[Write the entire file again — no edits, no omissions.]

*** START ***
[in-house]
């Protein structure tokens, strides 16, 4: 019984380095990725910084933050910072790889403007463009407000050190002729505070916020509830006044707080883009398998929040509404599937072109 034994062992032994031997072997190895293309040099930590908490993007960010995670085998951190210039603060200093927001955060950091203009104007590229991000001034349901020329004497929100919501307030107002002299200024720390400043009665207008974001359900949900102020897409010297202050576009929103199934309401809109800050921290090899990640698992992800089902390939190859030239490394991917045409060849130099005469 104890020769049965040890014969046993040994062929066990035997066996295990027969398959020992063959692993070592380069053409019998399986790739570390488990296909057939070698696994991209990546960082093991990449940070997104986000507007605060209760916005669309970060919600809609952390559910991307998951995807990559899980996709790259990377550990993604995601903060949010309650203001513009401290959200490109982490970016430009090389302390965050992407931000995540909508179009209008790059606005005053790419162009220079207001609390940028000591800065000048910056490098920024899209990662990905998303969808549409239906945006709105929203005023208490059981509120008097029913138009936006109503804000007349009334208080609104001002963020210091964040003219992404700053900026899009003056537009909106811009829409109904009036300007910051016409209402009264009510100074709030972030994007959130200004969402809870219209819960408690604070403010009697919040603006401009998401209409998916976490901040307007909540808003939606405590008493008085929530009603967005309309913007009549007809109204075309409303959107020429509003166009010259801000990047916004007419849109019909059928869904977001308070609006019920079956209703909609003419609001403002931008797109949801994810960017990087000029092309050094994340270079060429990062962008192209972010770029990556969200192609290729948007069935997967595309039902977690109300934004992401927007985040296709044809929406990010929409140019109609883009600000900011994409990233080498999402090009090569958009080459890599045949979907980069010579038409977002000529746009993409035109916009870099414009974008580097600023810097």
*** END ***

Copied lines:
[in-house]
């Protein structure tokens, strides 16, 4: 019984380095990725910084933050910072790889403007463009407000050190002729505070916020509830006044707080883009398998929040509404599937072109 034994062992032994031997072997190895293309040099930590908490993007960010995670085998951190210039603060200093927001955060950091203009104007590229991000001034349901020329004497929100919501307030107002002299200024720390400043009665207008974001359900949900102020897409010297202050576009929103199934309401809109800050921290090899990640698992992800089902390939190859030239490394991917045409060849130099005469 104890020769049965040890014969046993040994062929066990035997066996295990027969398959020992063959692993070592380069053409019998399986790739570390488990296909057939070698696994991209990546960082093991990449940070997104986000507007605060209760916005669309970060919600809609952390559910991307998951995807990559899980996709790259990377550990993604995601903060949010309650203001513009401290959200490109982490970016430009090389302390965050992407931000995540909508179009209008790059606005005053790419162009220079207001609390940028000591800065000048910056490098920024899209990662990905998303969808549409239906945006709105929203005023208490059981509120008097029913138009936006109503804000007349009334208080609104001002963020210091964040003219992404700053900026899009003056537009909106811009829409109904009036300007910051016409209402009264009510100074709030972030994007959130200004969402809870219209819960408690604070403010009697919040603006401009998401209409998916976490901040307007909540808003939606405590008493008085929530009603967005309309913007009549007809109204075309409303959107020429509003166009010259801000990047916004007419849109019909059928869904977001308070609006019920079956209703909609003419609001403002931008797109949801994810960017990087000029092309050094994340270079060429990062962008192209972010770029990556969200192609290729948007069935997967595309039902977690109300934004992401927007985040296709044809929406990010929409140019109609883009600000900011994409990233080498999402090009090569958009080459890599045949979907980069010579038409977002000529746009993409035109916009870099414009974008580097600023810097």